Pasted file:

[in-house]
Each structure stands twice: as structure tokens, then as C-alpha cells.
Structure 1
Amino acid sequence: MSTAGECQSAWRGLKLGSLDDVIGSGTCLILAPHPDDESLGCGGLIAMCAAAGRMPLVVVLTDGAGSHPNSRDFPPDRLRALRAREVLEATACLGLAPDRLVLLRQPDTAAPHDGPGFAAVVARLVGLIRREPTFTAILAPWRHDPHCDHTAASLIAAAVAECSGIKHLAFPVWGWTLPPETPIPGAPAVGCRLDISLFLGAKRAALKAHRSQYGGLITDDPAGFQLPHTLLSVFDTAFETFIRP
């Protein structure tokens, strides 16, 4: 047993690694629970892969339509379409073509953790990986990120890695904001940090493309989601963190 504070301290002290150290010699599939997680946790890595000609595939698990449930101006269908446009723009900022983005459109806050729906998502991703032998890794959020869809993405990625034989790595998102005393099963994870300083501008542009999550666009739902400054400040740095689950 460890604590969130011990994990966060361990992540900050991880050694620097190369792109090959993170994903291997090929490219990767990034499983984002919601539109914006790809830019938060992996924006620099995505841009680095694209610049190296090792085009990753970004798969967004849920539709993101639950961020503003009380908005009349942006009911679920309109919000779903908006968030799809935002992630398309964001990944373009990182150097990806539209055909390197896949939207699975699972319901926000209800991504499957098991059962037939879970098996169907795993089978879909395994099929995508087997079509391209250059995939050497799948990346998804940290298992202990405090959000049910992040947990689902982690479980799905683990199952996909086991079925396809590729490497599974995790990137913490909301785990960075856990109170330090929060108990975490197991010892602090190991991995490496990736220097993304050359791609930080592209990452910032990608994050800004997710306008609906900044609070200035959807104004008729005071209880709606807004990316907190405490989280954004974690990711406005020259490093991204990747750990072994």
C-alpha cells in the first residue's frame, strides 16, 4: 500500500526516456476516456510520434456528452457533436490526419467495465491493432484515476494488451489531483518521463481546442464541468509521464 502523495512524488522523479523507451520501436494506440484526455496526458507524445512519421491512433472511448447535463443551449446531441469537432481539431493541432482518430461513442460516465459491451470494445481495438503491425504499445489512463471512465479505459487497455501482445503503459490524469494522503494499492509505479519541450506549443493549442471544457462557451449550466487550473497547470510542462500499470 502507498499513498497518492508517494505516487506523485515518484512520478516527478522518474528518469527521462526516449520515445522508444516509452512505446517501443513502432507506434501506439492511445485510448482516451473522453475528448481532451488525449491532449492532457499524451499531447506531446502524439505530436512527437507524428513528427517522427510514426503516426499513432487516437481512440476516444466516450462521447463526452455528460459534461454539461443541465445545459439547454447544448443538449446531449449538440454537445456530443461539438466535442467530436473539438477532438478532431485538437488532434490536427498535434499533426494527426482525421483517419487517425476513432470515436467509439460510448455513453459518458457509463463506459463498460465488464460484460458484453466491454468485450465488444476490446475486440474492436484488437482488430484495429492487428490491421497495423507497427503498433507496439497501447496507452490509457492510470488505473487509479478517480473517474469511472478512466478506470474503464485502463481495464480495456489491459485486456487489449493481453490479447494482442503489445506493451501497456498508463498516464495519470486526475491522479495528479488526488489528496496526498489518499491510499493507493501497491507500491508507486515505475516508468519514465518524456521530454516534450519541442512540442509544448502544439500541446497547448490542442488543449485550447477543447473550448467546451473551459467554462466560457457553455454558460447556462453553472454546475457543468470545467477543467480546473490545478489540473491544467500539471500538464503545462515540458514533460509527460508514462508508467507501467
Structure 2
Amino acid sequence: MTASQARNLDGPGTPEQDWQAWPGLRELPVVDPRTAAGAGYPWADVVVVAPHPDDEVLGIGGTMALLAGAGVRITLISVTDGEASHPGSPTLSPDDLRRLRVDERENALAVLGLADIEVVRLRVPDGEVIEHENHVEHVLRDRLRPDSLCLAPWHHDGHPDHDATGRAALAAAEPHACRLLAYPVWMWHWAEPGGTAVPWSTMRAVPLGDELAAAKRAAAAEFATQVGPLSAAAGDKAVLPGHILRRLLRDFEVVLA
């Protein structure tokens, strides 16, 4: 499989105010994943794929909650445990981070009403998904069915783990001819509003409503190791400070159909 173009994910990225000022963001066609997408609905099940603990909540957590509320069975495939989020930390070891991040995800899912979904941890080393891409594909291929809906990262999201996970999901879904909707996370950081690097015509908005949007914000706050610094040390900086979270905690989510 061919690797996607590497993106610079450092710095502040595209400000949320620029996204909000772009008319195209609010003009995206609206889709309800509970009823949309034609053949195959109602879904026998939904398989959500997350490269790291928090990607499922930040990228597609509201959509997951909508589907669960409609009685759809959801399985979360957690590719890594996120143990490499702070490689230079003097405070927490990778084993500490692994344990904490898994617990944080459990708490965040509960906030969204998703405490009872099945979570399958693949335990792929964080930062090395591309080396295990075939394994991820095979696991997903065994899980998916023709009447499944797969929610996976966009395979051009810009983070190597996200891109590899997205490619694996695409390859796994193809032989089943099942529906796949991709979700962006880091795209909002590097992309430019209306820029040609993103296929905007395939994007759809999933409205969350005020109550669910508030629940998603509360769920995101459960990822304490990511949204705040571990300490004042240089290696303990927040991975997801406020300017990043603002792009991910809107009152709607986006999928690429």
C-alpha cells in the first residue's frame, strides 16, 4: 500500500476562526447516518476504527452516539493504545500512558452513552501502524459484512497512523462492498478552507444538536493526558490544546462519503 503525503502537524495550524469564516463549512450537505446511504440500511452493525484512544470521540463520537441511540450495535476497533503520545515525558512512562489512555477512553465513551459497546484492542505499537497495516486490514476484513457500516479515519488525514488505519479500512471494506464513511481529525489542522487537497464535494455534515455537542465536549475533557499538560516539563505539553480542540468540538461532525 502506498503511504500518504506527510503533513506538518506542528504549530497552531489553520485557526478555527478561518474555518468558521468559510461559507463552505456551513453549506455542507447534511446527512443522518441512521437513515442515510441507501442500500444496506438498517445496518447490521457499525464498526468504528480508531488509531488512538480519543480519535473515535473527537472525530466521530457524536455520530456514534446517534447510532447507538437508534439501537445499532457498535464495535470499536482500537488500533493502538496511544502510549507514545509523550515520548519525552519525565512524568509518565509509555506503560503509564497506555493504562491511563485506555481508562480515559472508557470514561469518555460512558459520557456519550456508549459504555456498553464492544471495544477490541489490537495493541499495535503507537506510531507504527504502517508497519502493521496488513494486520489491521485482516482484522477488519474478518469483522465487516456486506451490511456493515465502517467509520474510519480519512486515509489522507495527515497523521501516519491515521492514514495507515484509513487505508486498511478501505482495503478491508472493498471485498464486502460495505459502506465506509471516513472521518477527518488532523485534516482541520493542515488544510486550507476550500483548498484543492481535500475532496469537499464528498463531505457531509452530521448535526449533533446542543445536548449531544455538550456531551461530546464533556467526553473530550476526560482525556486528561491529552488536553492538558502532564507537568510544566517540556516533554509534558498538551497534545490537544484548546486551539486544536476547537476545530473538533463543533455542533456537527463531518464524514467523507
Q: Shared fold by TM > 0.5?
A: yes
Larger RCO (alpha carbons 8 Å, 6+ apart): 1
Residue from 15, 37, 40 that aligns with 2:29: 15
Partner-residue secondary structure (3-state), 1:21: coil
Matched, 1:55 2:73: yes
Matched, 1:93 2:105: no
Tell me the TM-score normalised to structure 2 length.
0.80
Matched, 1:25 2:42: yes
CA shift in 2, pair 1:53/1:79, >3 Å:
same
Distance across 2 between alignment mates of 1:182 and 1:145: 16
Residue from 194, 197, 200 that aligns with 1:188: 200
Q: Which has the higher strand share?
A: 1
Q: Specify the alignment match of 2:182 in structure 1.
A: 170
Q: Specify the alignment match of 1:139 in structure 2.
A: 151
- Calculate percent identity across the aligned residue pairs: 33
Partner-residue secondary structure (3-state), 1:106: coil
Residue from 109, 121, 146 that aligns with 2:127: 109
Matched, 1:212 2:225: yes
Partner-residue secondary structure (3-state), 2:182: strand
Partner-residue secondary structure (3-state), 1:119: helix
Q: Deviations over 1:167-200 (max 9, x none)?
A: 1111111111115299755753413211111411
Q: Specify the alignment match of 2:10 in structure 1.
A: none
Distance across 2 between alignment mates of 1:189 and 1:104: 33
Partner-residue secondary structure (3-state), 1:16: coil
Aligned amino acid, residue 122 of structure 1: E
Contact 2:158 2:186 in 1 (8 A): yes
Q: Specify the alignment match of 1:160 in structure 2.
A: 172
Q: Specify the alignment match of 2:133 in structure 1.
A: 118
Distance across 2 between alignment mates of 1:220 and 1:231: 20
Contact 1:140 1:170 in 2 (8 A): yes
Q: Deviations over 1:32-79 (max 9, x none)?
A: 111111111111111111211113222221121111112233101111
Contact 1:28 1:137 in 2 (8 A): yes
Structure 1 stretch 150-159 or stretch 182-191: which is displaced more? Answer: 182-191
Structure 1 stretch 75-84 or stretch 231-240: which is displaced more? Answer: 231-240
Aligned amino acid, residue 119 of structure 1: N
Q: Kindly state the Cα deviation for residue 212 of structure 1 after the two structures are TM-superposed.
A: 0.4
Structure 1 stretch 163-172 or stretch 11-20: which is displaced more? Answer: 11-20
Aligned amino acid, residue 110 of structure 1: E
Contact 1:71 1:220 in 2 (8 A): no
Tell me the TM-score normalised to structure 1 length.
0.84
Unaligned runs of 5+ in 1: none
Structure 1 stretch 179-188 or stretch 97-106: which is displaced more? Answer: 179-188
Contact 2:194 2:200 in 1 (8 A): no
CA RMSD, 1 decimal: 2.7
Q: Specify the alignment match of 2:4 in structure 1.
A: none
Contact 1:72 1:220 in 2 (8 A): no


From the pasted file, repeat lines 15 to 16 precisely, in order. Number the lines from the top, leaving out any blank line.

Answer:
Partner-residue secondary structure (3-state), 1:21: coil
Matched, 1:55 2:73: yes